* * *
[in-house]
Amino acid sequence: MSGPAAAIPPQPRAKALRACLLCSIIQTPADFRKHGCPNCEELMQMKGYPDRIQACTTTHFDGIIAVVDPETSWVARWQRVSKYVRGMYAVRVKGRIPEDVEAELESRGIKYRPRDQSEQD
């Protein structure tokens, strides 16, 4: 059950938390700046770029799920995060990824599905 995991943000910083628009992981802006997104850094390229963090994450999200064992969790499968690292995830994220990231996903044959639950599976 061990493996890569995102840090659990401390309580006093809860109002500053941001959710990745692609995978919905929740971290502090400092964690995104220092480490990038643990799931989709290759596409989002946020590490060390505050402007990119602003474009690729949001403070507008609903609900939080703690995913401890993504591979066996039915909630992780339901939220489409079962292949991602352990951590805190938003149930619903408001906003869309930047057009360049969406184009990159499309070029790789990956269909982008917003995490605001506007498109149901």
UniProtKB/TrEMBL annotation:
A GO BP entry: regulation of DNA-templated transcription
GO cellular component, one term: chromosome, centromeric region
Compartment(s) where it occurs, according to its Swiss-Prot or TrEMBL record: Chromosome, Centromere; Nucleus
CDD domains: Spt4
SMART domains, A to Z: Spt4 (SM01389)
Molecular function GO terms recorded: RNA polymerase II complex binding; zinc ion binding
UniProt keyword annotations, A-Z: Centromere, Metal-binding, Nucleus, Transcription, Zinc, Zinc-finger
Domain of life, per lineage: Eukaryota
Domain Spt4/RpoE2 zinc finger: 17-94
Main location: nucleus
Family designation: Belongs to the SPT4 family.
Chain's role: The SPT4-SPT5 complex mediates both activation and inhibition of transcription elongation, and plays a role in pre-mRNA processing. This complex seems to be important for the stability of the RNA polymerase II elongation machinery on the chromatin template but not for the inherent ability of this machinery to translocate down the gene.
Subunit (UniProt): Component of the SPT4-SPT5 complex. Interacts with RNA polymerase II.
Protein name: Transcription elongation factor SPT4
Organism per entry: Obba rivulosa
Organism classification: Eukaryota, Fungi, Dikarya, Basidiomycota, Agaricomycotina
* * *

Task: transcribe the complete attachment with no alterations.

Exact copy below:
[in-house]
Amino acid sequence: MSGPAAAIPPQPRAKALRACLLCSIIQTPADFRKHGCPNCEELMQMKGYPDRIQACTTTHFDGIIAVVDPETSWVARWQRVSKYVRGMYAVRVKGRIPEDVEAELESRGIKYRPRDQSEQD
């Protein structure tokens, strides 16, 4: 059950938390700046770029799920995060990824599905 995991943000910083628009992981802006997104850094390229963090994450999200064992969790499968690292995830994220990231996903044959639950599976 061990493996890569995102840090659990401390309580006093809860109002500053941001959710990745692609995978919905929740971290502090400092964690995104220092480490990038643990799931989709290759596409989002946020590490060390505050402007990119602003474009690729949001403070507008609903609900939080703690995913401890993504591979066996039915909630992780339901939220489409079962292949991602352990951590805190938003149930619903408001906003869309930047057009360049969406184009990159499309070029790789990956269909982008917003995490605001506007498109149901």
UniProtKB/TrEMBL annotation:
A GO BP entry: regulation of DNA-templated transcription
GO cellular component, one term: chromosome, centromeric region
Compartment(s) where it occurs, according to its Swiss-Prot or TrEMBL record: Chromosome, Centromere; Nucleus
CDD domains: Spt4
SMART domains, A to Z: Spt4 (SM01389)
Molecular function GO terms recorded: RNA polymerase II complex binding; zinc ion binding
UniProt keyword annotations, A-Z: Centromere, Metal-binding, Nucleus, Transcription, Zinc, Zinc-finger
Domain of life, per lineage: Eukaryota
Domain Spt4/RpoE2 zinc finger: 17-94
Main location: nucleus
Family designation: Belongs to the SPT4 family.
Chain's role: The SPT4-SPT5 complex mediates both activation and inhibition of transcription elongation, and plays a role in pre-mRNA processing. This complex seems to be important for the stability of the RNA polymerase II elongation machinery on the chromatin template but not for the inherent ability of this machinery to translocate down the gene.
Subunit (UniProt): Component of the SPT4-SPT5 complex. Interacts with RNA polymerase II.
Protein name: Transcription elongation factor SPT4
Organism per entry: Obba rivulosa
Organism classification: Eukaryota, Fungi, Dikarya, Basidiomycota, Agaricomycotina